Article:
I’m 13 weeks in and this was the long-awaited ‘dashboard week’. On our second day, we were supplied with a data set from the Whisky Hunter API. For today’s post, I will go over my approach and how I ended up with my current dashboard. I will focus on how I planned ahead and then how I ended up building my dashboard.
The Approach -The Plan
Today was going to be different from the other days. Today was Melbourne Cup, we were scheduled to watch the races from 2 pm onwards. Therefore, I wanted to finish as much as I can before the race. I wanted to at least build up a dashboard before we went out. From looking at the data, I understood the data relatively early. It was a dataset that comprises of Whisky Auctioneers and Whisky Distilleries. It was split between the details of the auctioneers and whisky distilleries as well as transaction auction data. I began by sketching a design and then focused on building around that idea. I played around with the data and I instantly knew to focus on the whisky distilleries.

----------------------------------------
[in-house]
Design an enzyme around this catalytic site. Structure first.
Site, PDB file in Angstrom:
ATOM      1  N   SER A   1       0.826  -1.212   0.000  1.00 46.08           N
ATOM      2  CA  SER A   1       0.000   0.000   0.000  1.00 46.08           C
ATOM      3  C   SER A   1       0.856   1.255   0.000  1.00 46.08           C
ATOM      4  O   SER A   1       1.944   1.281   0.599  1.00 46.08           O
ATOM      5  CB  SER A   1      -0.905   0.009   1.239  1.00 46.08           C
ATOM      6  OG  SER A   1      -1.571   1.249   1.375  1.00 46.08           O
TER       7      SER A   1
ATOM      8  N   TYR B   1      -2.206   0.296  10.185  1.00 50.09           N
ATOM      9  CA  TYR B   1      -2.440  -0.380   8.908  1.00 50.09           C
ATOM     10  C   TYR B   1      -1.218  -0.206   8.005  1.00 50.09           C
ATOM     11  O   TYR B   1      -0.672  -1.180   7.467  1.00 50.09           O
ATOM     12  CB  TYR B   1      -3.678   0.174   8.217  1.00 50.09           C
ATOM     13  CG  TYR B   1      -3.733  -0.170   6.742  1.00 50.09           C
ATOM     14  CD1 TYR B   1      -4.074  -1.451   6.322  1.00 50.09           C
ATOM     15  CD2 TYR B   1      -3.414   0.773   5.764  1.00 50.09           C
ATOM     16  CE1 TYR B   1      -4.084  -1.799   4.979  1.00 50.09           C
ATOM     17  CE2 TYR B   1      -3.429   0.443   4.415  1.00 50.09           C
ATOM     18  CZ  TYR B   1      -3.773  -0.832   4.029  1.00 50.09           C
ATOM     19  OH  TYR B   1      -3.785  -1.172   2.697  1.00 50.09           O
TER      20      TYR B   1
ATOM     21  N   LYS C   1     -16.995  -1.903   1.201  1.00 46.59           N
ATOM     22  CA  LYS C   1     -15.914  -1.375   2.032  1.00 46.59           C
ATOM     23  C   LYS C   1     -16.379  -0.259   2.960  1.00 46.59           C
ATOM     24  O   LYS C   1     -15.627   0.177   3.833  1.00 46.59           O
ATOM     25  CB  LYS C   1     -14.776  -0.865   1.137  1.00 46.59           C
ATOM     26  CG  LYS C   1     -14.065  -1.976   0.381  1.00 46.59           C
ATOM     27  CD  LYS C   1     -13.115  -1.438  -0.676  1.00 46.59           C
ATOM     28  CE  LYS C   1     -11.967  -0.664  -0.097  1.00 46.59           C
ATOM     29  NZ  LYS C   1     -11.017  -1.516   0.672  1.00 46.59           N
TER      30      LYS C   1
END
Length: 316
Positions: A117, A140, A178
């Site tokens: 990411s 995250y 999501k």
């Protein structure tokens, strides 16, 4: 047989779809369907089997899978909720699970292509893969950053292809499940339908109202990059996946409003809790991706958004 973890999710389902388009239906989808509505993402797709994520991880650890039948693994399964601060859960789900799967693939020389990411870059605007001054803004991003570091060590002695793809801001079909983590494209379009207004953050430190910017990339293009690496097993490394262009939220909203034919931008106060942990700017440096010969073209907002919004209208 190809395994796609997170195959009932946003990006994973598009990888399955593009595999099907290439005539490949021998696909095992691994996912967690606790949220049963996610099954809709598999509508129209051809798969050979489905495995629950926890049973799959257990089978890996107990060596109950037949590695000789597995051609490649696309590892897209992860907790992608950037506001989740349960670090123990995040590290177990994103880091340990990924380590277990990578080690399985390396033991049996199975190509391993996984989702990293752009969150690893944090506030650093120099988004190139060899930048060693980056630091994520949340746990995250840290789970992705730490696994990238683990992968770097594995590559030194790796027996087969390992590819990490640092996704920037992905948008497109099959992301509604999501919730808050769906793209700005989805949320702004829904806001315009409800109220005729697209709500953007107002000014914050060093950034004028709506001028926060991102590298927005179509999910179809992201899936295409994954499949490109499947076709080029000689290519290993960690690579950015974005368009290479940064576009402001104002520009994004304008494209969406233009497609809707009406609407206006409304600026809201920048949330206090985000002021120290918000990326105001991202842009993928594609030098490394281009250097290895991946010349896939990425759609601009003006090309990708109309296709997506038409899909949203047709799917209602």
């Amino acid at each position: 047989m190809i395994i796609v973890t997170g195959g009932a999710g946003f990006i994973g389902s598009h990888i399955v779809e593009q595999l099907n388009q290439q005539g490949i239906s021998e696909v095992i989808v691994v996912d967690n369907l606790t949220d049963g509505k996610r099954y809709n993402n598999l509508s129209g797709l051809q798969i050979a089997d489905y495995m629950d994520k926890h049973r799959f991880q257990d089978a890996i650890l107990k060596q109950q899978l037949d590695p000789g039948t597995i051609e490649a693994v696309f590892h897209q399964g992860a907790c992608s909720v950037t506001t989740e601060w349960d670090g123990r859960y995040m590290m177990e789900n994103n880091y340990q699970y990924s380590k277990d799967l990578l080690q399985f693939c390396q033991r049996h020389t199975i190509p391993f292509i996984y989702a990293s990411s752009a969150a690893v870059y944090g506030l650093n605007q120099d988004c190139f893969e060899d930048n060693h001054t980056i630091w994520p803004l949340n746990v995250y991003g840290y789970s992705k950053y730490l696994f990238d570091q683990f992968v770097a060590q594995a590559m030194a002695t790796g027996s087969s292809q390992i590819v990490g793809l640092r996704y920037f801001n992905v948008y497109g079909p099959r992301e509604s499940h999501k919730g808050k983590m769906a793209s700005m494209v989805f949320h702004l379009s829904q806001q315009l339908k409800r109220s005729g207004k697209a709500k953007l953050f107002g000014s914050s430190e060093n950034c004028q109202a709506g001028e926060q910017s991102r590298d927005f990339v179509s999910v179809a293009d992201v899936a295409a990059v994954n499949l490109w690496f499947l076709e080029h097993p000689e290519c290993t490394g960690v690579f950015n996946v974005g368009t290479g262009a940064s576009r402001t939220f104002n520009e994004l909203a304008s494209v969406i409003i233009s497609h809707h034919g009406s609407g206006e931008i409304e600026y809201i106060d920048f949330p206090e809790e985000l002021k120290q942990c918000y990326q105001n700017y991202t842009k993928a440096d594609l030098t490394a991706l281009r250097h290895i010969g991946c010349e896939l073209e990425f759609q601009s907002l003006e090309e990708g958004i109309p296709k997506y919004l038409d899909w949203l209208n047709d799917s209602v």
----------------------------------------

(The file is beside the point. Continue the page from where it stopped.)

Next Steps – My idea
I wanted to build a dashboard that will identify whiskies of interest. And so my dashboard would help identify key metrics regarding the various types of whisky. So I was interested in looking into the ratings, the votes, the max. bid price, min bid price, mean bid price and trading volume.
Final Steps – The execution
The first thing I did was get the data from the API. I looked at the structure, and I noticed to get the individual distillery I will need to apply another API download. So I linked it up again and was able to download the data I needed. Afterwards, I slowly built out the requirements I needed and I eventually got most of the elements. I then wanted to do a comparison between the whiskies, and I referenced a dashboard that my colleagues had done earlier. And that then allowed calculations to be computed against the whiskies as well being plotted against.